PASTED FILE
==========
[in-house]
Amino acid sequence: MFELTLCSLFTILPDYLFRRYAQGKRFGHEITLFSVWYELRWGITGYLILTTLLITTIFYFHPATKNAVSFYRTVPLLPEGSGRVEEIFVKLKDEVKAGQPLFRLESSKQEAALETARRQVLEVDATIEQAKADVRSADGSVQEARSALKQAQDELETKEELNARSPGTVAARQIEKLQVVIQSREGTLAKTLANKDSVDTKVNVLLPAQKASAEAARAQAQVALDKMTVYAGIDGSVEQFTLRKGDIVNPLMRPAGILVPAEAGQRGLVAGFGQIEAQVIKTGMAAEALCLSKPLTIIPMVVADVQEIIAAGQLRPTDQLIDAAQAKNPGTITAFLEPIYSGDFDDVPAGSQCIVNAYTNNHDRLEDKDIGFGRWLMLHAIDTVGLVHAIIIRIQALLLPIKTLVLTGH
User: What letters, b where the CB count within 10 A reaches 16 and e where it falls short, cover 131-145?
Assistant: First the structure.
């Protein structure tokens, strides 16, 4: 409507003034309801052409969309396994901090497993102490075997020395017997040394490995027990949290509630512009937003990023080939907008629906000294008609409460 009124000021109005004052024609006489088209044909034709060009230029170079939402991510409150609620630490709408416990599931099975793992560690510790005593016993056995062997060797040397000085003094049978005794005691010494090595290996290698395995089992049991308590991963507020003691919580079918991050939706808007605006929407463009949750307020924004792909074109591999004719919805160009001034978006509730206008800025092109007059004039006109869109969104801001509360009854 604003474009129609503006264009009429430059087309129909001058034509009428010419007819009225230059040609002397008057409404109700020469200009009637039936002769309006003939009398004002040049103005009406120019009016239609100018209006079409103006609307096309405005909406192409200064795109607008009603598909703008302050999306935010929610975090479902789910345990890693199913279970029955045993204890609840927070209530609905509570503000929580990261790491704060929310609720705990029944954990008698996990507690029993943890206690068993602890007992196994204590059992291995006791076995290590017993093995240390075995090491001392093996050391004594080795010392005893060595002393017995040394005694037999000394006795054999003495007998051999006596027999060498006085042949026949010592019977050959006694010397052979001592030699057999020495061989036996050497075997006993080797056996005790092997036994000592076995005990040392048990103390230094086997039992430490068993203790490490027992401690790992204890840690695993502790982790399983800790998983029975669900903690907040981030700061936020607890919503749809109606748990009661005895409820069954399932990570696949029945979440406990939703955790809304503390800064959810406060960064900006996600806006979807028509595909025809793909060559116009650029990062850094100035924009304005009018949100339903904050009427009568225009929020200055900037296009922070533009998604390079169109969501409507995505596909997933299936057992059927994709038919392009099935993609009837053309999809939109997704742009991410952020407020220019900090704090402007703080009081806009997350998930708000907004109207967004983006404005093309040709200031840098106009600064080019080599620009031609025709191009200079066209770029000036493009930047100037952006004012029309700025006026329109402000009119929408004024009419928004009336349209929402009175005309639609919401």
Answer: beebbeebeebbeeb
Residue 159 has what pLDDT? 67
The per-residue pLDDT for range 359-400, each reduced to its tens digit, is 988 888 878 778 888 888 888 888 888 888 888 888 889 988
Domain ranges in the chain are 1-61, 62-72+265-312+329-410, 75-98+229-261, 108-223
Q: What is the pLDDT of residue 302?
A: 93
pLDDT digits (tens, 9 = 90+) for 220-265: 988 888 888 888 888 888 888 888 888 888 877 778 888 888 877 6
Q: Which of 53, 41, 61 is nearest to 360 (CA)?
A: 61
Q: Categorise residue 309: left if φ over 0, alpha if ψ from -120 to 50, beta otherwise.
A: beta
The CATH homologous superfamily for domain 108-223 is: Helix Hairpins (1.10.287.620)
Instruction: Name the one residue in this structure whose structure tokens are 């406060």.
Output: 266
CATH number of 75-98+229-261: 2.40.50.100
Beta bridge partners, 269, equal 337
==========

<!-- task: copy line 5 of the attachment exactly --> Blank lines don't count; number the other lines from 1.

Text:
């Protein structure tokens, strides 16, 4: 409507003034309801052409969309396994901090497993102490075997020395017997040394490995027990949290509630512009937003990023080939907008629906000294008609409460 009124000021109005004052024609006489088209044909034709060009230029170079939402991510409150609620630490709408416990599931099975793992560690510790005593016993056995062997060797040397000085003094049978005794005691010494090595290996290698395995089992049991308590991963507020003691919580079918991050939706808007605006929407463009949750307020924004792909074109591999004719919805160009001034978006509730206008800025092109007059004039006109869109969104801001509360009854 604003474009129609503006264009009429430059087309129909001058034509009428010419007819009225230059040609002397008057409404109700020469200009009637039936002769309006003939009398004002040049103005009406120019009016239609100018209006079409103006609307096309405005909406192409200064795109607008009603598909703008302050999306935010929610975090479902789910345990890693199913279970029955045993204890609840927070209530609905509570503000929580990261790491704060929310609720705990029944954990008698996990507690029993943890206690068993602890007992196994204590059992291995006791076995290590017993093995240390075995090491001392093996050391004594080795010392005893060595002393017995040394005694037999000394006795054999003495007998051999006596027999060498006085042949026949010592019977050959006694010397052979001592030699057999020495061989036996050497075997006993080797056996005790092997036994000592076995005990040392048990103390230094086997039992430490068993203790490490027992401690790992204890840690695993502790982790399983800790998983029975669900903690907040981030700061936020607890919503749809109606748990009661005895409820069954399932990570696949029945979440406990939703955790809304503390800064959810406060960064900006996600806006979807028509595909025809793909060559116009650029990062850094100035924009304005009018949100339903904050009427009568225009929020200055900037296009922070533009998604390079169109969501409507995505596909997933299936057992059927994709038919392009099935993609009837053309999809939109997704742009991410952020407020220019900090704090402007703080009081806009997350998930708000907004109207967004983006404005093309040709200031840098106009600064080019080599620009031609025709191009200079066209770029000036493009930047100037952006004012029309700025006026329109402000009119929408004024009419928004009336349209929402009175005309639609919401």